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See the results of the first atomic bomb dropped on Hiroshima by the B-29 Superfortress Enola Gay.
Nuclear Weapons Delivery systems
Early weapons models, such as the "Fat Man" bomb, were extremely large and difficult to use.The original weapons ("Little Boy" and "Fat Man") developed by the United States during the Manhattan Project were relatively large (the latter had a diameter of 5 feet) and heavy (around 5 tons each) weapons which required specially modified bomber planes to be adapted for their bombing missions against Japan, each of which could only carry one such weapon and only within a limited range. After these initial weapons, a considerable amount of money and research was conducted towards the goal of standardizing ("G.I. proofing") nuclear warheads (so that they did not require highly specialized experts to assemble them before use, as in the case with the idiosyncratic wartime devices) and miniaturization of the warheads for use in more variable delivery systems.
Through the aid of brainpower acquired through Operation Paperclip at the tail end of the European branch of World War II, the United States was able to embark on an ambitious program in rocketry. One of the first products of this was the development of rockets capable of holding nuclear warheads. The MGR-1 Honest John was the first of such weapons, developed in 1953 as a surface-to-surface missile with a 15 mile/25 kilometer maximum range. Because of their limited range, their potential use was heavily constrained (they could not, for example, threaten Moscow with an immediate strike).
The MGR-1 Honest John was the first nuclear-tipped rocket developed by the U.S. in 1953.Development of long-range bombers, such as the B-29 Superfortress, during World War II was continued during the Cold War period. The development of the B-52 Stratofortress in particular was able by the mid-1950s to carry a wide arsenal of nuclear bombs, each with different capabilities and potential use situations. Starting in 1946, the U.S. based its initial deterrence force on the Strategic Air Command, which, by the late 1950s maintained a number of nuclear-armed bombers in the sky at all times, prepared to receive orders to attack the USSR whenever needed. This system was, however, tremendously expensive, both in terms of natural and human resources, and raised the possibility of an accidental nuclear war.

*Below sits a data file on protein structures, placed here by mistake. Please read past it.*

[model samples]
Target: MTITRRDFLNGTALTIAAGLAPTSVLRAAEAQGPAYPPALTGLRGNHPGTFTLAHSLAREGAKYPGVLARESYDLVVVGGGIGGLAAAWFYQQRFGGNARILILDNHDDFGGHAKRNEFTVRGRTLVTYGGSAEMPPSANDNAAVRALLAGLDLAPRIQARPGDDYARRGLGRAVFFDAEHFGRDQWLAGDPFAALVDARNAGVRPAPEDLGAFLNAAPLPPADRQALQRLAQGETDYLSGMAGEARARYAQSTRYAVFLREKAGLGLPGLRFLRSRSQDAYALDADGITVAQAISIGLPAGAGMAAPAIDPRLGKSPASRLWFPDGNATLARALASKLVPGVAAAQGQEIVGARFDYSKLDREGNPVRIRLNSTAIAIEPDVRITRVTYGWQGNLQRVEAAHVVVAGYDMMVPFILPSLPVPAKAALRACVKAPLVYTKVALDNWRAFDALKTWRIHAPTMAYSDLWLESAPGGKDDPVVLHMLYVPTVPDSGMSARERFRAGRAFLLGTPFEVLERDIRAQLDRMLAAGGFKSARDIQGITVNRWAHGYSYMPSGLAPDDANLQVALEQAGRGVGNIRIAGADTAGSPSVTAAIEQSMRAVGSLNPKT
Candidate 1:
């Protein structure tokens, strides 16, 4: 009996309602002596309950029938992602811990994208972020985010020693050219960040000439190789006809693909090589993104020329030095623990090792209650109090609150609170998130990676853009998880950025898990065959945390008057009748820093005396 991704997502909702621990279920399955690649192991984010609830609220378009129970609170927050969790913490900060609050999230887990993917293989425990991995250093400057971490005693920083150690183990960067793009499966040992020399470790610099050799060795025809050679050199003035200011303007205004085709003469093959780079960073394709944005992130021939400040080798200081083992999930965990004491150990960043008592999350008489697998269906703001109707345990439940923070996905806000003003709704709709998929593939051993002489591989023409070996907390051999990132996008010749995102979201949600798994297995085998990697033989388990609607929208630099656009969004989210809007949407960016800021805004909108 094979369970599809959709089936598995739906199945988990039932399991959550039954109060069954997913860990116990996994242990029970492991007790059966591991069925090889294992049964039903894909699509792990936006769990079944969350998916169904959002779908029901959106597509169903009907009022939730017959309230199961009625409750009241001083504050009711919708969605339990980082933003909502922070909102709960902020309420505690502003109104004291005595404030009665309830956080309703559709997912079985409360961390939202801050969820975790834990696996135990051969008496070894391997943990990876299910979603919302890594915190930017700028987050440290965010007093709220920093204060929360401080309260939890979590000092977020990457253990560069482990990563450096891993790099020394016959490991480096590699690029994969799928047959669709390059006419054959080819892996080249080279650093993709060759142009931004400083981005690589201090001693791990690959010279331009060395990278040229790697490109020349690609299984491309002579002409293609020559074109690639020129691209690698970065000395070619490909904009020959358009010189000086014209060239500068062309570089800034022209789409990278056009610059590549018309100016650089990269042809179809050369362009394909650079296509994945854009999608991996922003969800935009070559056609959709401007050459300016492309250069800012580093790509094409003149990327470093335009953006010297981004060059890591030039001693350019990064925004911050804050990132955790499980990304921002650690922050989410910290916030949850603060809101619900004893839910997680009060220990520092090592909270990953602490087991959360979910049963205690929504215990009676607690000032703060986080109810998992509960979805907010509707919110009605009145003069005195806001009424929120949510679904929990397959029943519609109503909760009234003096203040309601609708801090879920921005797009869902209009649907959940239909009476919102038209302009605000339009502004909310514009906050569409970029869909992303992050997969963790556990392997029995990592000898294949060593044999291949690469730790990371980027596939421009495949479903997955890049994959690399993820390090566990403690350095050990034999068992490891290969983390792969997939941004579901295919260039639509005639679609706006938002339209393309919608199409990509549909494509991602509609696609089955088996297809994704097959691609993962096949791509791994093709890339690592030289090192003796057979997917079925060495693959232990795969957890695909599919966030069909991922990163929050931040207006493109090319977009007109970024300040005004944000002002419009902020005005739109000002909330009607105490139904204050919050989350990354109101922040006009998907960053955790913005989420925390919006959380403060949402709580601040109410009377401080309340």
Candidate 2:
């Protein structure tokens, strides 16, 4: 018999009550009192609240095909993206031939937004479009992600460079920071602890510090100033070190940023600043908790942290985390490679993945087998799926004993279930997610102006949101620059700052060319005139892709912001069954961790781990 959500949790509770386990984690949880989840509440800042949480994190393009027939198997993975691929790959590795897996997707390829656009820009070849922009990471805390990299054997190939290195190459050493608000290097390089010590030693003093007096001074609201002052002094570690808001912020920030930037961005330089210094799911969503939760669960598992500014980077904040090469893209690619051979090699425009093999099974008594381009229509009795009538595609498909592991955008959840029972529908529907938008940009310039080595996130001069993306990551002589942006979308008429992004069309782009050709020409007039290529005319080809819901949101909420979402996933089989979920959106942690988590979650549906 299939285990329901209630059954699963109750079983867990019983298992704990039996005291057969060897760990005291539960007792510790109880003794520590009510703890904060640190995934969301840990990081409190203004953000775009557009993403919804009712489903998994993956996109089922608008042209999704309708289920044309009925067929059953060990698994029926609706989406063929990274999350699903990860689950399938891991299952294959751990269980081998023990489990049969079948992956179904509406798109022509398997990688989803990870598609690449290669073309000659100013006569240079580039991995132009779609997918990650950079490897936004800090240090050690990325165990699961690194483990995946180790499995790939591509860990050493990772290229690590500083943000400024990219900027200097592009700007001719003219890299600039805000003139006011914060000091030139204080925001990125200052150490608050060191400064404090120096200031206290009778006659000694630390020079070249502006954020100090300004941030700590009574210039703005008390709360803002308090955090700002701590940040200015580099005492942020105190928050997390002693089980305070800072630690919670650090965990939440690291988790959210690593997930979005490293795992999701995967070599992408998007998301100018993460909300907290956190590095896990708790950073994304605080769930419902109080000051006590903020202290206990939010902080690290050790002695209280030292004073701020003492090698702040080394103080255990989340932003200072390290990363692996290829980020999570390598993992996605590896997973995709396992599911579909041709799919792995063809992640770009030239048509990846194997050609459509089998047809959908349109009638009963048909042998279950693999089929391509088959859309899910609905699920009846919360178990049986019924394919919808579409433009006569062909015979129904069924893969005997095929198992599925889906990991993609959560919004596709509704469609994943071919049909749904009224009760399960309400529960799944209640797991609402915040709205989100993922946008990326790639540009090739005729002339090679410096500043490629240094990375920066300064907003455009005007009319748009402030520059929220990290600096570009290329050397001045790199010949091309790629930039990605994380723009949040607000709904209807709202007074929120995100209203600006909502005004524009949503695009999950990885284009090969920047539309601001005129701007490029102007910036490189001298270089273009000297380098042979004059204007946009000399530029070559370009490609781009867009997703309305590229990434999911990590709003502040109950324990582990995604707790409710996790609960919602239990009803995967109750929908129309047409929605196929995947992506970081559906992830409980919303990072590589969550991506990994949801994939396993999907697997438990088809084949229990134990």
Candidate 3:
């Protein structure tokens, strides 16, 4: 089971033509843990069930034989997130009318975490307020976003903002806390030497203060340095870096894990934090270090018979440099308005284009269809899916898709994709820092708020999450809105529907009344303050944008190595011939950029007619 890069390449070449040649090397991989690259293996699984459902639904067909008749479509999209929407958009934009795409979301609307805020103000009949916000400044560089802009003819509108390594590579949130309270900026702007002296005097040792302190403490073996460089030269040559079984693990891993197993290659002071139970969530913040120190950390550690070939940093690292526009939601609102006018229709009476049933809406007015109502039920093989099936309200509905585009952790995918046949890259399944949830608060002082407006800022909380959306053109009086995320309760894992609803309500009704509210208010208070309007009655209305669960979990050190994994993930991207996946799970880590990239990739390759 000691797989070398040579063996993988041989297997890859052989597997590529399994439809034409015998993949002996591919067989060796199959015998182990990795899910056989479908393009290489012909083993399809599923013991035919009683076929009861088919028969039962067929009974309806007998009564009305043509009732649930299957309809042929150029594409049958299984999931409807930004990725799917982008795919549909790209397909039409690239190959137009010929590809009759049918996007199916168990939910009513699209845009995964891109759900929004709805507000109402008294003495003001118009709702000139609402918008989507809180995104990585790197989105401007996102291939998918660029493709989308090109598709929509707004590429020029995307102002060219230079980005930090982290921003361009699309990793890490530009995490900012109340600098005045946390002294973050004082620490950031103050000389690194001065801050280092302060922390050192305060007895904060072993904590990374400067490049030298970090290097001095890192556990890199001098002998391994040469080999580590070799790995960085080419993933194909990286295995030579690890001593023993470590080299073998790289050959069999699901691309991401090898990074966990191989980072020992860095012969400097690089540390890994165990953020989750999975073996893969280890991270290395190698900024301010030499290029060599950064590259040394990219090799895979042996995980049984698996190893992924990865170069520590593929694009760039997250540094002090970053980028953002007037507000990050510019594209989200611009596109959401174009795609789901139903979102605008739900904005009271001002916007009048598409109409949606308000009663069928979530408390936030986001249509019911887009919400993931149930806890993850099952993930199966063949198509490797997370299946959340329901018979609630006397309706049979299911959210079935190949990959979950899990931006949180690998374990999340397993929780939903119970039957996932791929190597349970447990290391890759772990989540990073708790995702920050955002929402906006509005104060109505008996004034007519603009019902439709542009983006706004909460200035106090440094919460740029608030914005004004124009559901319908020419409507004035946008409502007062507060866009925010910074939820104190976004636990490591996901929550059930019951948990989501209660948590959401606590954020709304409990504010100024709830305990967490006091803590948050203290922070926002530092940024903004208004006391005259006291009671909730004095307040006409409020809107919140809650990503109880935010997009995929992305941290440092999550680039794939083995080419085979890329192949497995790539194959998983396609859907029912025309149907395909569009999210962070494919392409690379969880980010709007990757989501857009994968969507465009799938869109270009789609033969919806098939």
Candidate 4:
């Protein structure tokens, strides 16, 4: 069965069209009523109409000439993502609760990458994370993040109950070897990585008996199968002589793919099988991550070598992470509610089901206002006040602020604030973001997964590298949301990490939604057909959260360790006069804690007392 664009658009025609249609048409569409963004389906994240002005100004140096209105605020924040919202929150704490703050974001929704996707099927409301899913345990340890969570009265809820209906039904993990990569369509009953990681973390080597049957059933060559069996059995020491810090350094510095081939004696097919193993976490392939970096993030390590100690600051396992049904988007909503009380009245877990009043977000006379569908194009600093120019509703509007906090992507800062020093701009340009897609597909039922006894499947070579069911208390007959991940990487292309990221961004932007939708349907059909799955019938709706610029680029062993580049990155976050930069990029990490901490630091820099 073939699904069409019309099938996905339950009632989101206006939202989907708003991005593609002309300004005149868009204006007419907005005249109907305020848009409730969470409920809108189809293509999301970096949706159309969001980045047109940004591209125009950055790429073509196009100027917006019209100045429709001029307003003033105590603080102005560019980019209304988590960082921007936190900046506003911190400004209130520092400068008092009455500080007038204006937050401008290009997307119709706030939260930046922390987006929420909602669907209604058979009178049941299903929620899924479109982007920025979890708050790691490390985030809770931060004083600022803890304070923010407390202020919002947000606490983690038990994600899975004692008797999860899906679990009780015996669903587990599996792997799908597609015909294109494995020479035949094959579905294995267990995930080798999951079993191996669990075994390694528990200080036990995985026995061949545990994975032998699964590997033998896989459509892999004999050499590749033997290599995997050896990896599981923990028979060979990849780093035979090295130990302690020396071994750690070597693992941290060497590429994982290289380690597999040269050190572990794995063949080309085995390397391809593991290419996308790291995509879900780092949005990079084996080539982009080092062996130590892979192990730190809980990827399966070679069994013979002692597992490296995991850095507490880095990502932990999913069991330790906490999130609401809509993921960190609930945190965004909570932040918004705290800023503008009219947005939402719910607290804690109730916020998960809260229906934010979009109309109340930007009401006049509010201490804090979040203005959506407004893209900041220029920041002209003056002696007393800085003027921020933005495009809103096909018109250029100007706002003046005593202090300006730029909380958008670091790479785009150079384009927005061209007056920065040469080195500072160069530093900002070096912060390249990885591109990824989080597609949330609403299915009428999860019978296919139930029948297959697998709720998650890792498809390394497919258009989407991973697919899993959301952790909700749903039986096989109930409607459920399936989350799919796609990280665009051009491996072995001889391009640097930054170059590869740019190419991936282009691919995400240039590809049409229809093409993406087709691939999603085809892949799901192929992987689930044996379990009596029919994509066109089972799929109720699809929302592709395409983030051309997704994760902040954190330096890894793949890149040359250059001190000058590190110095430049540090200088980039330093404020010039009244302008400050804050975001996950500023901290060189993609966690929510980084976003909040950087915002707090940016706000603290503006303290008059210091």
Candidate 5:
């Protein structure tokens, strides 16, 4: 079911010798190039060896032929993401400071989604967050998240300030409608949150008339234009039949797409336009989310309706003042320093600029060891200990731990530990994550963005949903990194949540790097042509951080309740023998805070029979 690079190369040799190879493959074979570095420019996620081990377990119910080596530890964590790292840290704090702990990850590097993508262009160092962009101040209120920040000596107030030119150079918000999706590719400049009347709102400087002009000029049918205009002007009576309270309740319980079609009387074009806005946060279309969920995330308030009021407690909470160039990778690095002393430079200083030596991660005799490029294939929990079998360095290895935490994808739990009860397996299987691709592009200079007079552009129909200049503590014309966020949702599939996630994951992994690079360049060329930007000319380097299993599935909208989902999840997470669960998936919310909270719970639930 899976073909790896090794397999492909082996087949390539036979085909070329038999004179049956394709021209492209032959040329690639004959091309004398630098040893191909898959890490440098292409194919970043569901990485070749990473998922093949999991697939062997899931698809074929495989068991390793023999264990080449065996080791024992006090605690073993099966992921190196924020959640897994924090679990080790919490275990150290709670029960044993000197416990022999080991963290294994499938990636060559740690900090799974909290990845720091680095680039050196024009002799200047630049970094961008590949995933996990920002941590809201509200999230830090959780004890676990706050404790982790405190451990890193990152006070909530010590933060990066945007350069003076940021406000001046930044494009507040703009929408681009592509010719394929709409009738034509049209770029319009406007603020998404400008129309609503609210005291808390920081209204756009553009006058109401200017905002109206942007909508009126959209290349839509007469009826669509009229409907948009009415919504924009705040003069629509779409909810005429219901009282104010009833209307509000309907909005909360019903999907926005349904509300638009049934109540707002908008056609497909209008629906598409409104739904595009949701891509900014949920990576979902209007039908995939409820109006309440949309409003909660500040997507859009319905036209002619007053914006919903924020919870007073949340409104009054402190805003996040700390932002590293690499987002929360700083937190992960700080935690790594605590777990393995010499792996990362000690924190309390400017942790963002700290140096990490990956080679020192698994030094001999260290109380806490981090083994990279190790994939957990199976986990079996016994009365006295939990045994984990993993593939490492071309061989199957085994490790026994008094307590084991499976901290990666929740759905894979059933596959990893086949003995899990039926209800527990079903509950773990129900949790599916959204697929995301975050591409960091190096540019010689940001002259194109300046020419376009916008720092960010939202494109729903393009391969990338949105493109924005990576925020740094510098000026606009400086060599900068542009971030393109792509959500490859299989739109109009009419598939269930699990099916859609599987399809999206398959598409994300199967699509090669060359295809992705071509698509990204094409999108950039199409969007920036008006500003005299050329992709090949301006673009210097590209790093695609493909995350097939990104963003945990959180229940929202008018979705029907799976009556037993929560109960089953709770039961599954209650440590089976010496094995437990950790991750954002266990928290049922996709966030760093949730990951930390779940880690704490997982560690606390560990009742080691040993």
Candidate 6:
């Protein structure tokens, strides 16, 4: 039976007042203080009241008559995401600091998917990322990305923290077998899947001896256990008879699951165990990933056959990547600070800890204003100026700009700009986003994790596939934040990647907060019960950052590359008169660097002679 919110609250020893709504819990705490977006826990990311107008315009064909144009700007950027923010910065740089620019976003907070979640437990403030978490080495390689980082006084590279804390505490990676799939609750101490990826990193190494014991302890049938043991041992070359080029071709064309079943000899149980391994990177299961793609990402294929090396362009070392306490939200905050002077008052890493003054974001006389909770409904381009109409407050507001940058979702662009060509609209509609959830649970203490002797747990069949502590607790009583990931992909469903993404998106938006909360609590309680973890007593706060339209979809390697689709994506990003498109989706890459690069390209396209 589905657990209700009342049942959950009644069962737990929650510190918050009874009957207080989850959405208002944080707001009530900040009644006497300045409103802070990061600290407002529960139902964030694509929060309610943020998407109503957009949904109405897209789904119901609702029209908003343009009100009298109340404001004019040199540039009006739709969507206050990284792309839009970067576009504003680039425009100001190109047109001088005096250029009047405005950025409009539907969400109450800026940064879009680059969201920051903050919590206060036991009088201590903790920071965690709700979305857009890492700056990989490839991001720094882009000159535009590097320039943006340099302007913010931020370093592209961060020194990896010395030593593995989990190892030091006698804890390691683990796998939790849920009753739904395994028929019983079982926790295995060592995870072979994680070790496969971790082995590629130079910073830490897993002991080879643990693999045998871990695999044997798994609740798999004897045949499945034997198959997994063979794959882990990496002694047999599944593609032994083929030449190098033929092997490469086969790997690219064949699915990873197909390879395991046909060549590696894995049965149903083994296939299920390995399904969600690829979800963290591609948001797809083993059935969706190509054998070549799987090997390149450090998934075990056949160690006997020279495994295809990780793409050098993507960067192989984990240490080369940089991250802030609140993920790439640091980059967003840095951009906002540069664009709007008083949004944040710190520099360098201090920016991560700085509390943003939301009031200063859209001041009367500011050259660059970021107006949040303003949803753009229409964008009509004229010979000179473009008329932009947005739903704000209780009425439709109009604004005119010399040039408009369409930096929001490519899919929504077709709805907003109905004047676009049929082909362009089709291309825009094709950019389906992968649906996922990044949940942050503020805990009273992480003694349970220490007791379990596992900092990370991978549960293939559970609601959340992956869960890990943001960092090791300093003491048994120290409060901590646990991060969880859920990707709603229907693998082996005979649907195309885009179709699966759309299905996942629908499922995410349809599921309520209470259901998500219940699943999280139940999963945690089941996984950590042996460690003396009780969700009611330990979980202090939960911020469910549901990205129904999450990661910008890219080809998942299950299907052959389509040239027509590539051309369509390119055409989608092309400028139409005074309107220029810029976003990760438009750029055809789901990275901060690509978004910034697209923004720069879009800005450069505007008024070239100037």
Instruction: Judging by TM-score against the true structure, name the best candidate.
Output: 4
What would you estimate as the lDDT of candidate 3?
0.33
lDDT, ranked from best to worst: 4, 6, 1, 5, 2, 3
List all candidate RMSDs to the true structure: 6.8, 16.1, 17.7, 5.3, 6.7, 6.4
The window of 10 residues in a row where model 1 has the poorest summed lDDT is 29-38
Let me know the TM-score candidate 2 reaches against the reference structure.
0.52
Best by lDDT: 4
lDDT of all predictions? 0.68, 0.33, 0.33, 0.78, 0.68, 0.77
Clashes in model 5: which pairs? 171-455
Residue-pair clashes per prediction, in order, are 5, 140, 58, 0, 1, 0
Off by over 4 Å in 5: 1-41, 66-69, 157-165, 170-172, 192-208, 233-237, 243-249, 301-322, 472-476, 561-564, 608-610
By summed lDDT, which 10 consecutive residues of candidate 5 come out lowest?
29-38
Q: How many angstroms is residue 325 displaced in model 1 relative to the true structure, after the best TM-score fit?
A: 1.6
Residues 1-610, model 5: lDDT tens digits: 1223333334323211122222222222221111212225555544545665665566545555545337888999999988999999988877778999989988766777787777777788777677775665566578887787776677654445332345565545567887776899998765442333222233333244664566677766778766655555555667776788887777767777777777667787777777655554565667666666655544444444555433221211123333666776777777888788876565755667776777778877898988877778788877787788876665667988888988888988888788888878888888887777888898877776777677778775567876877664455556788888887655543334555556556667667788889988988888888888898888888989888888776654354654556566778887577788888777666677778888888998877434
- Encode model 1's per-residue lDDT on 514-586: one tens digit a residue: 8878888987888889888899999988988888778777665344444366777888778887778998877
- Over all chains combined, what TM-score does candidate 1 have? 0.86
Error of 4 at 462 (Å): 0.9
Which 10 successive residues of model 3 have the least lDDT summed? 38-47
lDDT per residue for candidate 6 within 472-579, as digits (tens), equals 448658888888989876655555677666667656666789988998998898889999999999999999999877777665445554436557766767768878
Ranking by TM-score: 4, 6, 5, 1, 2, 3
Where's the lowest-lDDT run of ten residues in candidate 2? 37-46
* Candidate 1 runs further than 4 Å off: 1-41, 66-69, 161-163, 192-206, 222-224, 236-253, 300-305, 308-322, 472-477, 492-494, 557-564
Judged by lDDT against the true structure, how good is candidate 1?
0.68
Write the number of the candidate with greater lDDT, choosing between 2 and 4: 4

During the 1950s and 1960s, elaborate computerized early warning systems such as Defense Support Program were developed to detect incoming Soviet attacks and to coordinate response strategies. During this same period, intercontinental ballistic missile (ICBM) systems were developed which could deliver a nuclear payload across vast distances, allowing the U.S. to house nuclear forces capable of hitting the Soviet Union in the American Midwest. Shorter-range weapons, including small "tactical" weapons, were fielded in Europe as well, including nuclear artillery and man-portable Special Atomic Demolition Munition. The development of submarine launched ballistic missile (SLBM) systems allowed for hidden nuclear submarines to covertly launch missiles at distant targets as well, making it virtually impossible for the Soviet Union to successfully launch a first strike attack against the United States which would not guarantee a deadly response.
Improvements in warhead miniaturization in the 1970s and 1980s allowed for the development of MIRVs — missiles which could carry multiple warheads, each of which could be separately targetable. The question of whether these missiles should be based on constantly rotating train tracks (so as to avoid being easily targeted by opposing Soviet missiles) or based in heavily fortified silos (to possibly withstand a Soviet attack) was a major political controversy in the 1980s (eventually the silos won out). MIRVed systems allowed the U.S. to make the Soviet missile defense economically unfeasible, as each offensive missile would require between three and ten defensive missiles to counter.